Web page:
Longer hours and lower pay seem to be the direction many employers are headed, but some places have managed to keep employees for the haul long. A new survey of over 2,000 employees conducted by the career marketing agency Glassdoor, found that there are a few ingredients that keep employees happy and more likely to stick around.
Money led the way in keeping employees in their seats. Seventy-five percent said that a raise is all that’s needed to stay motivated and feel valued. However, getting paid in other forms may help too. Forty-six percent said unexpected treats such as social events, dinners and lunches, and thank you notes are great ways to help them feel involved in the decision-making of the company.
Sixty-eight percent of those surveyed said their boss showed them enough appreciation, but more than half of those surveyed said that if they felt more appreciateed at work, they’d be more likely to stick around.
According to the the survey, employees would be more likely to work harder if they knew their boss acknowledged their efforts. However, some other motivating factors for working harder included fear of losing the job, or fear of their highly demanding boss.
Perhaps employees can’t escape a demanding boss. But what’s sure to get most to walk away is being forced to work on a holiday, especially Thanksgiving.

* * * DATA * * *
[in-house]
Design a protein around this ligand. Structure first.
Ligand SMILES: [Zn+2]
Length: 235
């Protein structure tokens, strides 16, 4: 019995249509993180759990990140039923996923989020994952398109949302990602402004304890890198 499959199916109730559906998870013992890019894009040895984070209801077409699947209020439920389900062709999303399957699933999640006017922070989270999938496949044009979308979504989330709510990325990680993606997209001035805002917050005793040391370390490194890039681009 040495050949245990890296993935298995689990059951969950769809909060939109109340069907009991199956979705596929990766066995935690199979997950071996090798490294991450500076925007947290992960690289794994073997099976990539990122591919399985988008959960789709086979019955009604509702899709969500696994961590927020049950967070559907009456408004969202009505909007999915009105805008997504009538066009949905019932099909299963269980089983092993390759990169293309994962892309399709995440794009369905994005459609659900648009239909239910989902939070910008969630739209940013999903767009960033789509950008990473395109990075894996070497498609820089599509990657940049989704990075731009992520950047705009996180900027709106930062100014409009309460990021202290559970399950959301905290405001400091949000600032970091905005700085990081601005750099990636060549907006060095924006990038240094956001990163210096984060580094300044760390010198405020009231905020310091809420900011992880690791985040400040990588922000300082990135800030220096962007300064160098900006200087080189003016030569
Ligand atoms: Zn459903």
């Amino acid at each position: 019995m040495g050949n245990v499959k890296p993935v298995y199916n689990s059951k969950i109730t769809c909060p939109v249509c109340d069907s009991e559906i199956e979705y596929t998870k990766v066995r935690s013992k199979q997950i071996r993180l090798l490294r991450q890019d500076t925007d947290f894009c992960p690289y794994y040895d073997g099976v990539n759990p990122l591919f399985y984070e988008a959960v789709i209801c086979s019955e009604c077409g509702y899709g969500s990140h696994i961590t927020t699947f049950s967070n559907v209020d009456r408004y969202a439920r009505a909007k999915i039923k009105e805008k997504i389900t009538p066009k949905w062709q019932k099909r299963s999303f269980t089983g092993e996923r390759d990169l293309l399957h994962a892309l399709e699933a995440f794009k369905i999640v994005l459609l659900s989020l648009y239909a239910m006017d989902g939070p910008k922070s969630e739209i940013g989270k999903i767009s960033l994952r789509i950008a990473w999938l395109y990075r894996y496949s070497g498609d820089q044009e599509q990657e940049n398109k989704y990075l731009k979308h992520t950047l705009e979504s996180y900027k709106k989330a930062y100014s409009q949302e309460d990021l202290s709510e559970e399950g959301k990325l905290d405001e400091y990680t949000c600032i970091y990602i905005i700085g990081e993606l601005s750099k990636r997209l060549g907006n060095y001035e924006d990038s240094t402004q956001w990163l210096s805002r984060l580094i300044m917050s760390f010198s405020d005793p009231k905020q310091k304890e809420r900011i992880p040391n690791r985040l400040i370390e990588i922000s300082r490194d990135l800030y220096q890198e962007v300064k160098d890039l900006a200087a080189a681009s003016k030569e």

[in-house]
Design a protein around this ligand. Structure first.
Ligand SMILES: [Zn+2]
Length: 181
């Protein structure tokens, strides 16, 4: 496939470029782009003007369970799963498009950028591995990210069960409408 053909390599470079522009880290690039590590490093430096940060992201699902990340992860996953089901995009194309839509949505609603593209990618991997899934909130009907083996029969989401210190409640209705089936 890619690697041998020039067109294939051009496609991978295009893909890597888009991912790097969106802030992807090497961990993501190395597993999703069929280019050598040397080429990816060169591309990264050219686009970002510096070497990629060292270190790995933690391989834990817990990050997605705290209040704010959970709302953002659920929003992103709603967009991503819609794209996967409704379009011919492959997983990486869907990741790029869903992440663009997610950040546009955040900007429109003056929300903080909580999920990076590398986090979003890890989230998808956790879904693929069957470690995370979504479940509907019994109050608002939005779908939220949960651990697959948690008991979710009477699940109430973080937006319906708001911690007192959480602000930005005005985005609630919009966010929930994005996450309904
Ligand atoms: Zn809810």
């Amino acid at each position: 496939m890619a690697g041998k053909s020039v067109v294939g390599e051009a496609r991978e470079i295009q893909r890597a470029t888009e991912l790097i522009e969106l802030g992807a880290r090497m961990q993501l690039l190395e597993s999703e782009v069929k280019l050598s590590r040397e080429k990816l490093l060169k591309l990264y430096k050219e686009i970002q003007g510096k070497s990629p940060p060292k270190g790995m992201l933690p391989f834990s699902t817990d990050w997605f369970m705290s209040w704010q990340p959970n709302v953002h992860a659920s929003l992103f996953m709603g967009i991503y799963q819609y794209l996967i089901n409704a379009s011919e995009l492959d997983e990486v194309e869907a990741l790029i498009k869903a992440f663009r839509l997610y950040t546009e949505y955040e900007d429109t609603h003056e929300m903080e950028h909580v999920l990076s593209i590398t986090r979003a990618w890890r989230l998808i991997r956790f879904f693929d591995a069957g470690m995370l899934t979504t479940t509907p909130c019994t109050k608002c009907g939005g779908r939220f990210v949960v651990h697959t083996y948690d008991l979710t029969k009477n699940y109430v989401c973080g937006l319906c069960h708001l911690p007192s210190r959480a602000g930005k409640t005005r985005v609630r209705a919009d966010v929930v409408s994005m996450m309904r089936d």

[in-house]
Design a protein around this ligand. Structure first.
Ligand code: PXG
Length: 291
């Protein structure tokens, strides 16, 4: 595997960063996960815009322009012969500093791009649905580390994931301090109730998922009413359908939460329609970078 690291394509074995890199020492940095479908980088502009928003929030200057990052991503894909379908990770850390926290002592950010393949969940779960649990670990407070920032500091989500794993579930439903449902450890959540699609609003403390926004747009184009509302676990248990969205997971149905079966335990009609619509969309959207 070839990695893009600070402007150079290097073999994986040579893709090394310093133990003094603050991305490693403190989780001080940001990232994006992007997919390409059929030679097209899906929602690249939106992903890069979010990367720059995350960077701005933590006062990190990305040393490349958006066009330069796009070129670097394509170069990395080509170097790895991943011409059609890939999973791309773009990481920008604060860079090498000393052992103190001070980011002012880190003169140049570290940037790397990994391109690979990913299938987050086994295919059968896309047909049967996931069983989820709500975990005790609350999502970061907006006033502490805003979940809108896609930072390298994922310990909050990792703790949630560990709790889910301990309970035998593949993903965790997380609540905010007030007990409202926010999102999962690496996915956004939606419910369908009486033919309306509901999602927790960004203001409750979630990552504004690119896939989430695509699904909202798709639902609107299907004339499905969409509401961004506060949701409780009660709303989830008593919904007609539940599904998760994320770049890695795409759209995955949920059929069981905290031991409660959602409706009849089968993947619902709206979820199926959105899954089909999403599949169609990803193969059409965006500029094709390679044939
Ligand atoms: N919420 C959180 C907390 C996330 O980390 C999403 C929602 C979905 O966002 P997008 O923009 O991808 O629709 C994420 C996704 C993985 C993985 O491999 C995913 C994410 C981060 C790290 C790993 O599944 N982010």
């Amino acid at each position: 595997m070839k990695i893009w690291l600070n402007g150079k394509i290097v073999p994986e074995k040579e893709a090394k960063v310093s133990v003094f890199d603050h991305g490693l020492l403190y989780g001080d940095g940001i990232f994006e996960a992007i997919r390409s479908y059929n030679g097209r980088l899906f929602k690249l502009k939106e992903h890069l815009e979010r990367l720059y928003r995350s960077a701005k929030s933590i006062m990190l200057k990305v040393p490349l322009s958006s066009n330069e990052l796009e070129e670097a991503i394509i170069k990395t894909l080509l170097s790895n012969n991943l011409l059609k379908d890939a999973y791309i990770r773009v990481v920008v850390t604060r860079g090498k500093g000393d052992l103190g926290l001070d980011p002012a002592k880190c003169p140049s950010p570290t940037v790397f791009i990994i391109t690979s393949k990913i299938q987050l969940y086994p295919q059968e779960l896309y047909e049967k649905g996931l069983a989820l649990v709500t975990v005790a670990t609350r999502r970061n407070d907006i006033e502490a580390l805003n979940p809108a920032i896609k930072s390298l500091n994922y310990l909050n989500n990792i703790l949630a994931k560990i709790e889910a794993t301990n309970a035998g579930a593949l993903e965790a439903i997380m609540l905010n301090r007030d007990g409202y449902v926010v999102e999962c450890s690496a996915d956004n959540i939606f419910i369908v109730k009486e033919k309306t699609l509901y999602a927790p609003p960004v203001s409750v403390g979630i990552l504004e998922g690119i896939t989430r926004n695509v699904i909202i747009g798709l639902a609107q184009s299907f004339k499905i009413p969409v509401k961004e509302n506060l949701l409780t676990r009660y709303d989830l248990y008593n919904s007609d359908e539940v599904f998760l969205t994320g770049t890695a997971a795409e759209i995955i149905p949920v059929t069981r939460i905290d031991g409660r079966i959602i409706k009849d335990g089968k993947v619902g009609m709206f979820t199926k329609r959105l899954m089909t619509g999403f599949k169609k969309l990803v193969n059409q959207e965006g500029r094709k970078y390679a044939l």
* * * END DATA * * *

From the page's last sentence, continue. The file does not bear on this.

Sixty-two percent of those surveyed said they’d appreciate not being required to work on Thanksgiving, or even the day before and the day after the holiday. With retailers now opening its doors on each of those days, and staying open earlier and longer, this request may be a difficult one for some employers to adhere to.
Holiday related perks
Perhaps having the days off on and around the holidays may be a pipe dream. But hopefully employees won’t be stuck with a Scrooge. Nearly half of employees said they would appreciate a cash bonus around Thanksgiving. Forty-one percent said a gift card would do, 19 percent said a pre-Thanksgiving meal would help, while 13 percent said the option to work from home on the holiday would suit them just fine.
Socializing with co-workers
Work groups that play together, stay together, at least that’s what this survey found.
Twenty percent said they would love the opportunity to work with other colleagues and department. Thirty-two percent said breaking up the routine with some variety in their work, and 34 percent said some interesting projects would help keep them interested in their job.
After their project is complete, recognition at a team meeting or in a company newsletter would appeal to 35 percent who were surveyed.
Outside the office, 26 percent said a company-sponsored social event would help them feel motivated.
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